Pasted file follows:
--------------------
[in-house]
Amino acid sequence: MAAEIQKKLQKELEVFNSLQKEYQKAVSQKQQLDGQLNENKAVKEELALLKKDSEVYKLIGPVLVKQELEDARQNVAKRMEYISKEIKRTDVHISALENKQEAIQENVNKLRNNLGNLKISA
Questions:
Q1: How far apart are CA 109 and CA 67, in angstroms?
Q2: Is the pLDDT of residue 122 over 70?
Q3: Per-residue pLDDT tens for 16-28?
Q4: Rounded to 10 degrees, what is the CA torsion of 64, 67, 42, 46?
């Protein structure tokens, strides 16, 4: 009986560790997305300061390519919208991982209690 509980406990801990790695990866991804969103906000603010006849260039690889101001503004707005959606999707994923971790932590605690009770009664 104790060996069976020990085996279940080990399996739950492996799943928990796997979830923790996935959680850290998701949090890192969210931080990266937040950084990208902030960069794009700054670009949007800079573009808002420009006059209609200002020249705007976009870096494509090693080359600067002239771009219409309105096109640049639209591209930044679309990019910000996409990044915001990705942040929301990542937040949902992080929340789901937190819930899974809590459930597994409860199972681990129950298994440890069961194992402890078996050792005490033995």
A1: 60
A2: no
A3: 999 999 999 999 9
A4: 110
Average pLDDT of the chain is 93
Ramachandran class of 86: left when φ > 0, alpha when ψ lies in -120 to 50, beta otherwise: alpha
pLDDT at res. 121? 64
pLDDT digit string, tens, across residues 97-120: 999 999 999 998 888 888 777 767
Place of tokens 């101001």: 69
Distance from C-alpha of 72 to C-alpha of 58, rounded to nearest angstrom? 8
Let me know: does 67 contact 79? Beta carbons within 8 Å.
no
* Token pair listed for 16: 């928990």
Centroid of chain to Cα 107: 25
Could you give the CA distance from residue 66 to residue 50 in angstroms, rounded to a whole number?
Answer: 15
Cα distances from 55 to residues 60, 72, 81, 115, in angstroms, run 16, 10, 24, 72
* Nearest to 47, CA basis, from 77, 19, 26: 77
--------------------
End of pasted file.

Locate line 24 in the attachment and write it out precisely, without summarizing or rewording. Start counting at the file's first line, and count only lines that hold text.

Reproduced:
Answer: 15